Salmon Loss Likely Unless Coleman Hatchery Fish Are Moved to Better Release Locations

The Golden Gate Salmon Association ( released this report today on the concern of juvenile salmon surviving in the upper Sacramento River, which like many bodies of water in California are being devastated by the Golden State’s growing drought issues.


 Contact:  Michael Coats, 707-935-6203

San Francisco  –  The Golden Gate Salmon Association renewed its call on federal fish hatchery managers to avoid disaster by helping juvenile hatchery salmon survive release into the drought-stricken upper Sacramento River.  Late-fall baby king salmon are scheduled to be released at the Coleman fish hatchery on Battle Creek within two weeks.  Battle Creek is a tributary of the upper Sacramento River between Redding and Red Bluff.  In 2007, a similar low water year, thirty-seven percent of tagged juvenile salmon released at the Coleman Hatchery were lost in the eight miles of Battle Creek between the hatchery and the Sacramento River.  More than 50 percent of tagged baby Coleman salmon perished in the first 50 miles below the hatchery according to a migration study released in 2010.

“Baby salmon become easy pickings for many bird species in low, clear, drought-stricken waters like we have now,” said John McManus, Executive Director of GGSA.  “Predatory fish also have a field day on them so it’s important to give the baby salmon half a chance by at least releasing them a short distance downstream where the Sacramento River is deeper and wider to give them refuge and hiding places.”

“As a scientist, I can tell you the chances of survival of these hatchery fish are low and the adverse impacts on wild fish are high unless they are released at least part way down the Sacramento River,” said salmon scientist Dave Vogel.

Late-fall king salmon, although juvenile, are relatively large, having been reared in captivity for nearly a year before release into the wild.  If released into the drought-stricken upper river, they will undoubtedly attack recently emerging wild winter, spring and fall-run fry.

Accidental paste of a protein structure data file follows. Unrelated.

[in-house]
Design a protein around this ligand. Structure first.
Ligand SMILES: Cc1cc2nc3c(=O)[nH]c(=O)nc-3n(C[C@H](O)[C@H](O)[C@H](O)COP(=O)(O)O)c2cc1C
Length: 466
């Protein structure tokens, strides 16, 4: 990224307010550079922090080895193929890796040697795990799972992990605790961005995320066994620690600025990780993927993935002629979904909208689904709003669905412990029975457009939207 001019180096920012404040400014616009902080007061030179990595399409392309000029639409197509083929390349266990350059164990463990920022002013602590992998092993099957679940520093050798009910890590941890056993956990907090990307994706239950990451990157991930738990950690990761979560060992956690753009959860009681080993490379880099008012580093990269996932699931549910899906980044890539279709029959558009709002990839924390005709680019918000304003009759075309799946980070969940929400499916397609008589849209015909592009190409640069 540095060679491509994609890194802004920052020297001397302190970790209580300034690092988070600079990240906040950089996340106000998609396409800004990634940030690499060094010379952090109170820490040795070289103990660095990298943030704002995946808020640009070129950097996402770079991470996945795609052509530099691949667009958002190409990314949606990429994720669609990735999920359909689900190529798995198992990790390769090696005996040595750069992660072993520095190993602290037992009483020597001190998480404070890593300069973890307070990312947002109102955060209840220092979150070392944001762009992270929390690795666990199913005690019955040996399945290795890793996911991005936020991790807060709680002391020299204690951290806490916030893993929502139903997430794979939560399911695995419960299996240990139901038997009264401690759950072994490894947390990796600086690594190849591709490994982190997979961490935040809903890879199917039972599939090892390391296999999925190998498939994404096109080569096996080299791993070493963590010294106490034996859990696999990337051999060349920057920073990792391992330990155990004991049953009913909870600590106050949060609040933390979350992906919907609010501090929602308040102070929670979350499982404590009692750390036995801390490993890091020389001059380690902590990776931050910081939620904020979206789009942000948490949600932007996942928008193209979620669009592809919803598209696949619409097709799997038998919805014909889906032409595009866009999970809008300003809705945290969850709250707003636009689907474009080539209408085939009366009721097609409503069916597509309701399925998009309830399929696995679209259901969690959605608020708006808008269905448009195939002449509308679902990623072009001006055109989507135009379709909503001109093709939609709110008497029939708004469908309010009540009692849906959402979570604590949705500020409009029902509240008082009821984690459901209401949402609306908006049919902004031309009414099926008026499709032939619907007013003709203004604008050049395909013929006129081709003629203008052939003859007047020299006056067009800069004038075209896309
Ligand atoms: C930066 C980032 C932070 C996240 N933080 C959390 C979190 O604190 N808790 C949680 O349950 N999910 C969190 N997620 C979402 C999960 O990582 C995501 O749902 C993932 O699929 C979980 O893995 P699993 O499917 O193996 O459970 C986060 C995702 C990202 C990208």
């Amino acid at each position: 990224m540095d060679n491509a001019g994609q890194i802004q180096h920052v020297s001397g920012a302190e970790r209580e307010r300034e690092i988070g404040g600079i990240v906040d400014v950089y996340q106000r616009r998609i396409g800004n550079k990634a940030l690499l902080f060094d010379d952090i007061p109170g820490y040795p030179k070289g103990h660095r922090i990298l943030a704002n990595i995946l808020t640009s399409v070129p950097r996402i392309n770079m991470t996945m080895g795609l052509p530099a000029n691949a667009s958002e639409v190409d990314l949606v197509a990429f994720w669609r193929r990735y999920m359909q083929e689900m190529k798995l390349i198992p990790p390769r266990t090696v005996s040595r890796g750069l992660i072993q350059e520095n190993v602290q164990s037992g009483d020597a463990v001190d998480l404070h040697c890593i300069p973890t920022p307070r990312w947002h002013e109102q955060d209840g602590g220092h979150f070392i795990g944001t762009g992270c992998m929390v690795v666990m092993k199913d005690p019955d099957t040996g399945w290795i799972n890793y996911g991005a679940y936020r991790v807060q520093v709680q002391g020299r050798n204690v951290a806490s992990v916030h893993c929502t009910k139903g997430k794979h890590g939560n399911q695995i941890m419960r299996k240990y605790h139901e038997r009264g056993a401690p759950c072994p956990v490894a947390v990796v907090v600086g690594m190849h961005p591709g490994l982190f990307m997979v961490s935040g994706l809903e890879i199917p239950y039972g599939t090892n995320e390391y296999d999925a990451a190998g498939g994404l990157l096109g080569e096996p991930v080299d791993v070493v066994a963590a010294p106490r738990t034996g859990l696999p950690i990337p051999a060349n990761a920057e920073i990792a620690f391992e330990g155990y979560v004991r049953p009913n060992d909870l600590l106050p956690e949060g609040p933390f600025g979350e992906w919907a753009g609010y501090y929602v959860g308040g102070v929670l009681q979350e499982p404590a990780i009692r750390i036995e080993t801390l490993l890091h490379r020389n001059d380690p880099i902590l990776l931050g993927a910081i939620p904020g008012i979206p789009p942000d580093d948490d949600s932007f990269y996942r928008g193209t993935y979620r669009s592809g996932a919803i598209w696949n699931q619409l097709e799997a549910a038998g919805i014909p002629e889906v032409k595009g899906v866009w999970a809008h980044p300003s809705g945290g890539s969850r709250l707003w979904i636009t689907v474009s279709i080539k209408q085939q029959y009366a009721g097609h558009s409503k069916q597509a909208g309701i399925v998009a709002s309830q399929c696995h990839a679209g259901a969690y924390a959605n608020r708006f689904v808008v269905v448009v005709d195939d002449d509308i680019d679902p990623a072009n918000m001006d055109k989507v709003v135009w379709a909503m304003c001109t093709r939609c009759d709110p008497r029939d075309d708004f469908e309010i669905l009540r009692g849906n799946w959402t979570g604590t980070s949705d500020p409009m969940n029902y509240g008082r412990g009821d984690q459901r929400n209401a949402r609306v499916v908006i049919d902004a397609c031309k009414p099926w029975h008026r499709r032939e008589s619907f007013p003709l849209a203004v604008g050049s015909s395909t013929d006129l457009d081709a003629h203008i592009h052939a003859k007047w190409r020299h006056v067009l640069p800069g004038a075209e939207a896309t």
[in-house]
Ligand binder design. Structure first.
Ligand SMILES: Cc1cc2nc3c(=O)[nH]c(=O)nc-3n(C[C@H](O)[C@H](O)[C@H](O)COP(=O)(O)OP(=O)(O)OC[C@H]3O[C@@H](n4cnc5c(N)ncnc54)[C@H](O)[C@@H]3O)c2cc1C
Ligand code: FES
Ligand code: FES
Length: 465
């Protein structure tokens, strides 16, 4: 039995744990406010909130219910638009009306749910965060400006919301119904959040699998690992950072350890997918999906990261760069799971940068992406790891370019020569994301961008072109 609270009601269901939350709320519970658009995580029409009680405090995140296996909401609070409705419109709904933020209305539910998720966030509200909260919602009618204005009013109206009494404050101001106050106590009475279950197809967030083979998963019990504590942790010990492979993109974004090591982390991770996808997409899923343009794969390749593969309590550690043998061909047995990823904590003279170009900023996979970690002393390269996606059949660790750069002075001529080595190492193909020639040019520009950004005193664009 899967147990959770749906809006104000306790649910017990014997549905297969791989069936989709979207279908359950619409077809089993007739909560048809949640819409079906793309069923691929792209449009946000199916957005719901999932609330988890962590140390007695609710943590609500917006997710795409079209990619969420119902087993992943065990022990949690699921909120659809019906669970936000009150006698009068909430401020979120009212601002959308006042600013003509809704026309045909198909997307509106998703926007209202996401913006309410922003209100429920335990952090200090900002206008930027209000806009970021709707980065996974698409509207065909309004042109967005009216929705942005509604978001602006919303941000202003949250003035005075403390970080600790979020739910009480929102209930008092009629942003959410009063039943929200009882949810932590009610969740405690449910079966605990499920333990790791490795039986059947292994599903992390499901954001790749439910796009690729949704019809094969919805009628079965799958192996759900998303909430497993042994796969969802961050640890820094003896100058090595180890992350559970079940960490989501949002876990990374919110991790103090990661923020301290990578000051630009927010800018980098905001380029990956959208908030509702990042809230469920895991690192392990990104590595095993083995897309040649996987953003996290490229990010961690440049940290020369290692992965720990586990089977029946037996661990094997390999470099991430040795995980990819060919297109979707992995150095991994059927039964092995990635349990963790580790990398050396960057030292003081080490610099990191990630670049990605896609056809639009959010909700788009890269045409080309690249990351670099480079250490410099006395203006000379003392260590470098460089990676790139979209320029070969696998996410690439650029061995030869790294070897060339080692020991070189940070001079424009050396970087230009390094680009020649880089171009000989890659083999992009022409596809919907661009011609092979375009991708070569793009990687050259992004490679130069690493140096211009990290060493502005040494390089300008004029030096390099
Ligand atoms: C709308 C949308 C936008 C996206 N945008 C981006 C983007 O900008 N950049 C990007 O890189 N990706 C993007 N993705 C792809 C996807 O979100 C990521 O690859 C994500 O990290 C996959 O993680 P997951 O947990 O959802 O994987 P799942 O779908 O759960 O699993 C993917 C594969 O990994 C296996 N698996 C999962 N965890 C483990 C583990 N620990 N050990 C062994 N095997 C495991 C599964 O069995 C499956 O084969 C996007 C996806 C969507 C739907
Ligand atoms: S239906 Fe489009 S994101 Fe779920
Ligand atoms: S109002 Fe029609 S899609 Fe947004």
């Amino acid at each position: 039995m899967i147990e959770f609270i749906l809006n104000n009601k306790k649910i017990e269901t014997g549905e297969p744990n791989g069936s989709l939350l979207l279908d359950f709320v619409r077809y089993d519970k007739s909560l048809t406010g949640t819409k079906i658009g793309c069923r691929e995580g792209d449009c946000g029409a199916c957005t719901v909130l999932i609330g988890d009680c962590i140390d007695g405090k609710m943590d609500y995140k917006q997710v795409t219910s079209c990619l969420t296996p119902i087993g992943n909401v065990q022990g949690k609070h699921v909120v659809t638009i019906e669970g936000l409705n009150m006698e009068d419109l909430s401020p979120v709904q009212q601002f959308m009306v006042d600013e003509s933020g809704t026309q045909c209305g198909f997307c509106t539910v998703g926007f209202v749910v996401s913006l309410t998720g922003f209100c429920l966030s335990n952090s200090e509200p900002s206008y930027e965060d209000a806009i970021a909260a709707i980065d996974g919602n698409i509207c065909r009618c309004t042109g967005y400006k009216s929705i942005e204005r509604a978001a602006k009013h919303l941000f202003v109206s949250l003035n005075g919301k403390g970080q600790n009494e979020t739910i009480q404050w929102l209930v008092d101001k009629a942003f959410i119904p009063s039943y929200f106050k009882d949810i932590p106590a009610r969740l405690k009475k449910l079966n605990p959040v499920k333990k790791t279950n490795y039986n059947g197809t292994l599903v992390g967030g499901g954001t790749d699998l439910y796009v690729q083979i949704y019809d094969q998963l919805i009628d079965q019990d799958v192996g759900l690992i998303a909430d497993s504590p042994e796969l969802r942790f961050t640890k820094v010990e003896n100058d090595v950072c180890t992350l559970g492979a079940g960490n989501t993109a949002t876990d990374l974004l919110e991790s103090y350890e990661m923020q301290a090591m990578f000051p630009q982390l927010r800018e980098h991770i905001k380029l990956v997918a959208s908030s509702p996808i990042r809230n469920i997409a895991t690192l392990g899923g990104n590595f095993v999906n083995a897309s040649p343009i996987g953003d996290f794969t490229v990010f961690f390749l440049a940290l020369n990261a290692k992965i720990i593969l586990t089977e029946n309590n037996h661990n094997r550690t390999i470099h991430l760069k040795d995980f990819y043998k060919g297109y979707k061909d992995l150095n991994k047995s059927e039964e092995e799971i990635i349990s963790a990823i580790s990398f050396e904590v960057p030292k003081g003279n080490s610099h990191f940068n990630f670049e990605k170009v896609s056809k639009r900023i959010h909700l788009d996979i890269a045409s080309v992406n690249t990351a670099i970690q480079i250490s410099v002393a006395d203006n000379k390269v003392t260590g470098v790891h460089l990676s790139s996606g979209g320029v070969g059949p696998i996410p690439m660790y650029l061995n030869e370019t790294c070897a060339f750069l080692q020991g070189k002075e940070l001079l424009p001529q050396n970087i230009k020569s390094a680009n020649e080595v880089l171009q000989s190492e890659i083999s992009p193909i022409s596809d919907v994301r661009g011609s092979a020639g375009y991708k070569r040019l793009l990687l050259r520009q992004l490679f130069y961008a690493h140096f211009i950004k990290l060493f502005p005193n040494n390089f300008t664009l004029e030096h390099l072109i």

Because of drought, most wild juvenile salmon, including federally protected winter and spring run, are still rearing in the upper river waiting for rain runoff to aid their downstream migration.  Releasing 750,000 large, hatchery late-fall-run Chinook into the heart of the rearing grounds will result in predation and competition with the wild fish, including the threatened and endangered species.  Releasing the fish farther downstream to the area of Hamilton City would alleviate those problems for the wild fish. Coleman hatchery already moves and releases their juvenile steelhead downstream to minimize those problems.

Even if it rains between now and mid-January, the first few storms are unlikely to result in significant runoff, so the need to release the fish downstream of the hatchery will likely remain.

The Sacramento River wild and hatchery-bred late-fall run salmon have steadily declined in recent years, hitting a dangerous low of 5,716 fish in 2012.  Without a turn around, these fish could be candidates for a listing under the Endangered Species Act.  A listing would create havoc in the salmon industry and also in water deliveries to agriculture and population centers.

Testing new release locations potentially offers substantial population increases while greatly minimizing adult straying. The Mokelumne and Feather River hatcheries have been very successful in implementing these practices and now contribute over 80 percent of the Central Valley hatchery salmon in the ocean.

In the US Fish and Wildlife Service press release of January 3rd, the agency points to the dismal return rates of Coleman salmon trucked to San Francisco Bay in 2007 and 2008 as a reason not to change release locations.  Use of experimental release locations much closer to the hatchery should address this problem while greatly improving survival.

Roger Thomas, chairman of the Golden Gate Salmon Association said, “For decades the Coleman hatchery was the leader in supporting the salmon industry by filling the ocean with fish.  In the current rankings of hatchery production it has now slipped to almost last.  GGSA and the salmon industry strongly support studies of better Coleman release locations to increase production while minimizing straying.  The future of our industry is very much at stake in these considerations.”

Golden Gate Salmon Association ( is a coalition of salmon advocates that includes commercial and recreational salmon fisherman, businesses, restaurants, an Indian tribe, environmentalists, elected officials, families and communities that rely on salmon. GGSA’s mission is to protect and restore California’s largest salmon producing habitat comprised of the Central Valley river’s that feed the Bay-Delta ecosystem and the communities that rely on salmon as a long-term, sustainable, commercial, recreational and cultural resource.

Currently, California’s salmon industry is valued at $1.4 billion in economic activity annually and about half that much in economic activity and jobs again in Oregon. The industry employs tens of thousands of people from Santa Barbara to northern Oregon. This is a huge economic bloc made up of commercial fishermen, recreational fishermen (fresh and salt water), fish processors, marinas, coastal communities, equipment manufacturers, the hotel and food industry, tribes, and the salmon fishing industry at large.